Skip navigation

News Articles

This site contains over 2,000 news articles, legal briefs and publications related to for-profit companies that provide correctional services. Most of the content under the "Articles" tab below is from our Prison Legal News site. PLN, a monthly print publication, has been reporting on criminal justice-related issues, including prison privatization, since 1990. If you are seeking pleadings or court rulings in lawsuits and other legal proceedings involving private prison companies, search under the "Legal Briefs" tab. For reports, audits and other publications related to the private prison industry, search using the "Publications" tab.

For any type of search, click on the magnifying glass icon to enter one or more keywords, and you can refine your search criteria using "More search options." Note that searches for "CCA" and "Corrections Corporation of America" will return different results. 


 

Articles about Private Prisons

Florida Private Prison Criticized

by Glenn Wright and Dan Pens

Louisville, Kentucky based private prison vendor U.S. Corrections Corporation (USCC) was sharply criticized by Florida's Auditor General in three separate reports issued by the Office of Program Policy Analysis and Government Accountability (OPPAGA). The reports were the result of state audits of Gadsden Correctional Institution, a 768 bed adult female prison in Quincy, Florida. USSC constructed the prison and has operated the facility under contract with the state of Florida since it opened in March, 1995.

Some of the most serious problems cited relate to staffing. Starting pay at Gadsden is about $18,000/yr, or 7% lower than a state operated starting guard's salary. USCC also offers a much leaner benefits package to its employees than what is offered to state prison workers. Consequently, the average employee turnover rate in state prisons is 22 percent, compared with a staggering 200 percent at Gadsden. During one ten month period, according to the State Auditor, 424 different individuals had held the 223 total staff positions at the institution.

Florida Statute 944.714(2) mandates that "correctional officers" must be certified by the state, with the exception of guards on "temp" or "trainee ...

Canteen Corp. Info Wanted

The Canteen Corporation of North Carolina has a five-year contract with Kansas to provide food services state-wide. After mere months in operation, Canteen Corp. has caused trouble by starving Kansas prisoners and serving shit for food. [See: "Un-Happy Meals in Kansas," PLN Vol.7 No.9.]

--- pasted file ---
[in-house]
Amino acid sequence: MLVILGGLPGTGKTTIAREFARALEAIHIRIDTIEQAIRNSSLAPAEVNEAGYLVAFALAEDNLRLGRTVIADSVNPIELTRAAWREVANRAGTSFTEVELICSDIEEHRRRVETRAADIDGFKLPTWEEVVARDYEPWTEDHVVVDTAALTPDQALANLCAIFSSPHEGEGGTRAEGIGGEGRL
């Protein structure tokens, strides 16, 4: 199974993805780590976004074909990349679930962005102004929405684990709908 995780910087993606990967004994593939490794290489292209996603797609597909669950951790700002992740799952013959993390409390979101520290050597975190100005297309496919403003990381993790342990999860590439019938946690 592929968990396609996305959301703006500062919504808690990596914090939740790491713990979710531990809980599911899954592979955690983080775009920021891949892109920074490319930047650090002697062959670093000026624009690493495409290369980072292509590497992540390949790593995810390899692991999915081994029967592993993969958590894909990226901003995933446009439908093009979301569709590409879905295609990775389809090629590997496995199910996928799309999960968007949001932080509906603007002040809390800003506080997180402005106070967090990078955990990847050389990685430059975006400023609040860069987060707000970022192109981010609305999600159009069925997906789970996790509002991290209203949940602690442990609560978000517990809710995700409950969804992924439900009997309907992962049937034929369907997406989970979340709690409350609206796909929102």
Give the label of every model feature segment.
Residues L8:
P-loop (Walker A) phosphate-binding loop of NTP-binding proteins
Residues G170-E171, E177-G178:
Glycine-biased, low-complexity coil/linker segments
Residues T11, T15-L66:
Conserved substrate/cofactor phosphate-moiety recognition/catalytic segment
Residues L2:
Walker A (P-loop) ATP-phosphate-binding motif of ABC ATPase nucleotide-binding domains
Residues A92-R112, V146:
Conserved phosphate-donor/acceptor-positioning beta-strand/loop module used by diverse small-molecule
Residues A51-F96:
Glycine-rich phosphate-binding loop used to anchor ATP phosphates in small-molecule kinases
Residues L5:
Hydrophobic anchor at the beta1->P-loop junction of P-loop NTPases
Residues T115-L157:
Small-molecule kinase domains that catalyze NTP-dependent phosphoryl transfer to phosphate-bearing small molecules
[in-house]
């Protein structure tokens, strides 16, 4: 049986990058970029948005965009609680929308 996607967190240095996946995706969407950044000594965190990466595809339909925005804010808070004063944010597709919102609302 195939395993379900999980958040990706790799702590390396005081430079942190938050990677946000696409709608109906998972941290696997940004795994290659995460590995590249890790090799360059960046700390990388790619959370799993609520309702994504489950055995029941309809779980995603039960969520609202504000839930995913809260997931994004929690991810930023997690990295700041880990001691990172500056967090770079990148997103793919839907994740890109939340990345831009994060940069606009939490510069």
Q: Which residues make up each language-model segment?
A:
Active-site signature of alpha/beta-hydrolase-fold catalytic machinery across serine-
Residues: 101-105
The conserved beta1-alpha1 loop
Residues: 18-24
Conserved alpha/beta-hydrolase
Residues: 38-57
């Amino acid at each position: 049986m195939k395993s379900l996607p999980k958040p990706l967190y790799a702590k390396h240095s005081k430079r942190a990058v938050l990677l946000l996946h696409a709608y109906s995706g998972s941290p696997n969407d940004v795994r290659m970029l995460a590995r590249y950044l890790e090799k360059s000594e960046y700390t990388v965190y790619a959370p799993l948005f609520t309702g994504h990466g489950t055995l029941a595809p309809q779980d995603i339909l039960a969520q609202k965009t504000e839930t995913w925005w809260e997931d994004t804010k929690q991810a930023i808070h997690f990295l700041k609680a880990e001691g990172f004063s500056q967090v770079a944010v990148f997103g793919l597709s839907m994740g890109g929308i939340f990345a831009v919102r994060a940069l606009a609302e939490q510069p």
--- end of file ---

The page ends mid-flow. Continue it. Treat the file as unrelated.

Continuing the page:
In an unexpected mass showing of unity, prisoners in many Kansas prisons held demonstrations for two weeks in October, 1996. Because of the lockdown it has been hard to get news and details of what all has occurred state-wide are sketchy.

I have heard that the governor has gotten into the act. He is calming the public's fears over the disturbances in the prisons and playing politics by calling for an investigation. I'm sure it will be the prisoners who are investigated and not Canteen Corp., the cause of the problems.

Would you ask your readers to send me any information they have on Canteen Corp. of North Carolina? Lawsuits, problems, termination of contracts, history and present situation involving their operations in other states would all be helpful. Please reply to: Anthony Palacioz, 7425 NE Silver Road, Topeka, KS 66617.

No Qualified Immunity for Private Prisons; Supreme Court Grants Review

The court of appeals for the sixth circuit held that guards employed by private, for profit prisons are not entitled to qualified immunity from suit. This is the first circuit court ruling to squarely address whether private prisons are entitled to qualified immunity. Until now only district courts had ruled on the issues, reaching different results.

Qualified immunity is an affirmative defense available to government employees sued for money damages in civil rights suits. (See June, 1996, PLN, Pro Se Tips and Tactics). In general, government defendants won't be held liable unless they violate rights that are clearly established. With the rise of privately operated, for profit prisons, the number of civil rights suits against them has increased.